"Anybody for it is selling snake oil... " Villaraigosa said. "It's got to go to a vote of the people. The people would have to double their taxes, to the tune of $200 billion dollars."
Questions how single-payer would work and opposes it without a way to pay for it.
In his health care platform, state Treasurer John Chiang repeats the call-to-action phrase championed by single-payer supporters: "Health care is a right for all, not a privilege for just the wealthy."
He said he supports efforts to expand access and coverage for the uninsured, but stopped short of committing to pursuing a single-payer system if elected, saying instead that he'd convene stakeholders to study how the state could move in that direction
"There's still a lot of questions that need to be answered," Chiang said in an interview. He said he'd do a "thorough review of programs and services," then decide how to proceed.
Unequivocally supports single-payer.
Eastin is more aligned with Newsom in her enthusiastic support. She said California must lead the nation on single-payer to lower rising health care costs and strip the profit motives of insurance companies and pharmaceutical companies out of the current system.
"I'm lucky enough to have insurance, but what about those who aren't?" she asked.
"There's an old saying 'Greed is good.' Well I don't think greed is good. It's bad, and I think it's hurting a lot of normal, ordinary people," Eastin said in an interview. "If you have a system where only the fortunate are covered, then the rest live in terror that an illness will bankrupt them, or worse."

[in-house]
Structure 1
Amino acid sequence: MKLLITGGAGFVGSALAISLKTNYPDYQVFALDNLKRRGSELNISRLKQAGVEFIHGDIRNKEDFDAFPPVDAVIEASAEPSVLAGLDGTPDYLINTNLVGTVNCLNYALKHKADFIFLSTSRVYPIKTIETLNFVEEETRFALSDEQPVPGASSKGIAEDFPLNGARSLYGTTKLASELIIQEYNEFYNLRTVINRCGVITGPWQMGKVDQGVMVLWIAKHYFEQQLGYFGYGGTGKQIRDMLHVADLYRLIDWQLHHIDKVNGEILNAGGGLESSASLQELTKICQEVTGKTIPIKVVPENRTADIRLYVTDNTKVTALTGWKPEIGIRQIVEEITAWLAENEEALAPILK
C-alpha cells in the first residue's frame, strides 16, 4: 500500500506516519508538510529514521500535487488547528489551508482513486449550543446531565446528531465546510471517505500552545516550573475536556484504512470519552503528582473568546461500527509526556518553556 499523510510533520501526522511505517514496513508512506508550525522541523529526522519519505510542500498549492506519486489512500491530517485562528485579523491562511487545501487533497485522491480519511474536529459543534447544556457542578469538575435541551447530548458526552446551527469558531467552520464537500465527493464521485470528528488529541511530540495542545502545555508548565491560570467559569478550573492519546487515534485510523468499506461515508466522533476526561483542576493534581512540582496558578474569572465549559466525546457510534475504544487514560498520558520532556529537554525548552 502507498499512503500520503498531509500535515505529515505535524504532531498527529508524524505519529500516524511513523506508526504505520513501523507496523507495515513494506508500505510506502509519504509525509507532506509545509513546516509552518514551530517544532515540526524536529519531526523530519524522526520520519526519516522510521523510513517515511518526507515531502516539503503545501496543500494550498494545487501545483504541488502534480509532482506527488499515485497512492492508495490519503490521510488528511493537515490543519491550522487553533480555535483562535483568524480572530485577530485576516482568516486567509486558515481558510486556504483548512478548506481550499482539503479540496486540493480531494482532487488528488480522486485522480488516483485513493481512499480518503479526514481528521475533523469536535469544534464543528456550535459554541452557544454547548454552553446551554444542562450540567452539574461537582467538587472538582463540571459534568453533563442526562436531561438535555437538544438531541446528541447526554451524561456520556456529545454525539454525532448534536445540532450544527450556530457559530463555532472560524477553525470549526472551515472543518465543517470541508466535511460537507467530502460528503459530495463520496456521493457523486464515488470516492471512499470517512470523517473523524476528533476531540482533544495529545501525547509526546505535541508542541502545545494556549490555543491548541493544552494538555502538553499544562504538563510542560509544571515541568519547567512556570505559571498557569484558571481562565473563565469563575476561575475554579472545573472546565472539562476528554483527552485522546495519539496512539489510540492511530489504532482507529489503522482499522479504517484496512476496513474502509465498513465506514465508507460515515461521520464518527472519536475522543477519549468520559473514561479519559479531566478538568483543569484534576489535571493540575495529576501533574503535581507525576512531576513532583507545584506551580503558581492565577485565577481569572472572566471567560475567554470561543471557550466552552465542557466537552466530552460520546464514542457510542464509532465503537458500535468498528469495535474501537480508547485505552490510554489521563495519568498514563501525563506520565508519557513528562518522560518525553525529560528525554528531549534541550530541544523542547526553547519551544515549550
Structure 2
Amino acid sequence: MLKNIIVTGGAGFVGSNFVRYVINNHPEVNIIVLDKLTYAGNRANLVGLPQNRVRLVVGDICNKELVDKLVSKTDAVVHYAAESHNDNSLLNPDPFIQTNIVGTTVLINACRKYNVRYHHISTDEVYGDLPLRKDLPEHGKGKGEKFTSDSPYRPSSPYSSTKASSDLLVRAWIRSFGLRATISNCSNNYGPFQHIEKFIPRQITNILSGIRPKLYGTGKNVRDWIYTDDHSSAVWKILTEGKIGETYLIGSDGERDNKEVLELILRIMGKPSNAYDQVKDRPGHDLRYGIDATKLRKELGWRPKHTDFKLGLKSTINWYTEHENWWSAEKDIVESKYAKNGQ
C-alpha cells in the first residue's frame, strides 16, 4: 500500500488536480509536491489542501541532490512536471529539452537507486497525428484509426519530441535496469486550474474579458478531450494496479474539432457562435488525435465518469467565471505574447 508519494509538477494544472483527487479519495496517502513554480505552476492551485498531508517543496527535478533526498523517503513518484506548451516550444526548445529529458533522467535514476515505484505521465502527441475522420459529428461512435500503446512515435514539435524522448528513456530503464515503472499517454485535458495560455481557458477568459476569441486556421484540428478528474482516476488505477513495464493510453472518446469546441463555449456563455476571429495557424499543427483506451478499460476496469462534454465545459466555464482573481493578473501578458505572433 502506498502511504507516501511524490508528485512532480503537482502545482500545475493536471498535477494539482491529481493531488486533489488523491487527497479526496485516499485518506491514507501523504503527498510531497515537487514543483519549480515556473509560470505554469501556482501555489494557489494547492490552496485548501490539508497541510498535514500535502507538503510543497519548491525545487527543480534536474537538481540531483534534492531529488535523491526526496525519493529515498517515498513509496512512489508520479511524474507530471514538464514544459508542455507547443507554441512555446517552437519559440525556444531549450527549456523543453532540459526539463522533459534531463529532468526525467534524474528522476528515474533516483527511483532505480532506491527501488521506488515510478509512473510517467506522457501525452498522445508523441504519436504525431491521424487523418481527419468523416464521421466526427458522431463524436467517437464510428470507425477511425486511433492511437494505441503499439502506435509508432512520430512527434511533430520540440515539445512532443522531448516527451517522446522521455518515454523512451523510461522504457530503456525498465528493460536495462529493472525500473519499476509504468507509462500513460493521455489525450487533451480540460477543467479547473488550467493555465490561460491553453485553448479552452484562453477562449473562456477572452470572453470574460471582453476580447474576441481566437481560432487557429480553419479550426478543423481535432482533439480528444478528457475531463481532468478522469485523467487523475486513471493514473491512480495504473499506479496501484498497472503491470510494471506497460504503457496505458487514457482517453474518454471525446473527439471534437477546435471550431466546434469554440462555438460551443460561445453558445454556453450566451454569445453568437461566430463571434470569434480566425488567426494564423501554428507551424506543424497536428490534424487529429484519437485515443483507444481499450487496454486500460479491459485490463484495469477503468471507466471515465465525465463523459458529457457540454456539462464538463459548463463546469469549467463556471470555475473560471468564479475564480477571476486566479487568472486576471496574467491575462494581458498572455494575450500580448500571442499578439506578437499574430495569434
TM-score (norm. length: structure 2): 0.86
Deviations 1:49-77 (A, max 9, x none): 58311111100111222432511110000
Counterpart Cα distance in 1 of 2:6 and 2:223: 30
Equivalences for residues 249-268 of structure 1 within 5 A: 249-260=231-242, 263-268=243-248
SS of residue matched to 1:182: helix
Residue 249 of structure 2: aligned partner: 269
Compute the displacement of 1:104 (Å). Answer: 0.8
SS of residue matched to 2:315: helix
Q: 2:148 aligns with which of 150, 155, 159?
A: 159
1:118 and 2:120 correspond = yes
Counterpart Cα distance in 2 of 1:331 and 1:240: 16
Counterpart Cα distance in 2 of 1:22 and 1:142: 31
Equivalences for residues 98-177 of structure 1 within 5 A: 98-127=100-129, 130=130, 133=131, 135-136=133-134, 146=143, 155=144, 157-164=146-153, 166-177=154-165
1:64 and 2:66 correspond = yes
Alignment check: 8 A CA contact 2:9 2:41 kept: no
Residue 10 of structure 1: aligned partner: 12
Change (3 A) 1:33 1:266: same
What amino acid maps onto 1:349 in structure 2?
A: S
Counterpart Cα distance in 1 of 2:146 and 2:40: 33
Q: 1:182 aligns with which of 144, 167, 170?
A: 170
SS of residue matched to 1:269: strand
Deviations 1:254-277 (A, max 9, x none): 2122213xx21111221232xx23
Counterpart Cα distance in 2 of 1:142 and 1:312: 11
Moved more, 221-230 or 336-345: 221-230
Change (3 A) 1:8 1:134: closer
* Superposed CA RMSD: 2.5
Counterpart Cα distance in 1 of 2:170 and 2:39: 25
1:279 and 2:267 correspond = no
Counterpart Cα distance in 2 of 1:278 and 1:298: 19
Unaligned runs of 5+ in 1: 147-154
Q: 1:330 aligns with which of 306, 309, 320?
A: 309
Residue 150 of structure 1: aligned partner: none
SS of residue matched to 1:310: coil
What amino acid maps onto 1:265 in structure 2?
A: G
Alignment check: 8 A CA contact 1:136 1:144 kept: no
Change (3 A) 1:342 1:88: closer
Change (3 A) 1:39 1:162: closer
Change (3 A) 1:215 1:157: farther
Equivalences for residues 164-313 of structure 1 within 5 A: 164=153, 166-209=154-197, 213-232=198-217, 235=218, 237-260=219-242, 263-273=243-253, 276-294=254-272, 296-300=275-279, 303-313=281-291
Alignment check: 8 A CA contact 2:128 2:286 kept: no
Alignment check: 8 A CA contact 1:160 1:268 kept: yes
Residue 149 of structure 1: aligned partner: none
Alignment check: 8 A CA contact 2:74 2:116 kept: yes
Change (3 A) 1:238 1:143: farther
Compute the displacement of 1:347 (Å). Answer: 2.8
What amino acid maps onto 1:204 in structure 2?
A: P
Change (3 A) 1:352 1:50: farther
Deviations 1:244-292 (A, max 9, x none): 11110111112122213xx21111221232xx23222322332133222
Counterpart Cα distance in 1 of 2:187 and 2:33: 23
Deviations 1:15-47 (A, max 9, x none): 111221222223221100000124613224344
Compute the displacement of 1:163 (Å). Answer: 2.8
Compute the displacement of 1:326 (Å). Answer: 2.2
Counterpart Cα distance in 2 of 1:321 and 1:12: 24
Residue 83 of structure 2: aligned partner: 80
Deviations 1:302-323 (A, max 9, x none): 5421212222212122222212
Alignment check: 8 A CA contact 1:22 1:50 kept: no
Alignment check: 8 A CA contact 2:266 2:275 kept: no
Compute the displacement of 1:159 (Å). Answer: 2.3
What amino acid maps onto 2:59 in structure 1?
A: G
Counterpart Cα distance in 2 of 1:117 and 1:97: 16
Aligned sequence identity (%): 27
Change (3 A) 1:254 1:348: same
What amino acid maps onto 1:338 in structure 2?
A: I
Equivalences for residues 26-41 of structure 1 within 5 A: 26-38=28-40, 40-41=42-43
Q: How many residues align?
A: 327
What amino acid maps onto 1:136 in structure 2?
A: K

She said she supports the current single-payer bill in the Legislature but if it dies as expected, she'd form a task force to lead the charge, if elected.
"I don't think it's snake oil," she said. "We've had other things that weren't perfect in the beginning. When they came up with Social Security, people ridiculed it and said it would bankrupt the country. Now it's a godsend for all kinds of people.
"I'm old enough to remember when Lyndon Johnson proposed Medicare, People really did say it was a horrible idea. Now it's proven to be one of the great genius moves of the 20th Century," she said. "There's too many people who are tepid and timid right now. It's like we're afraid to try something new. That isn't how we got here, so let's do it – let's fix it."
Likes the idea of single-payer but says California should focus on fixing Obamacare.
Hillary Clinton's former national political director who entered the gubernatorial race late, said she too believes single-payer should be California's long-term goal, but she'd focus first on smaller changes like creation of a public insurance option to compete with for-profit companies.
Renteria was chief of staff to Sen. Debbie Stabenow, D-Michigan, during the passage of the Affordable Care Act. Renteria said at the time the public option was not thoroughly vetted, but she believes it could work for California. She also voiced support for state efforts to cap health care payments for medical insurers and hospitals.
"I want to make sure that as we explore single-payer, we really do look at all the steps it would take to get it done," Renteria said in an interview. "Everything is on the table."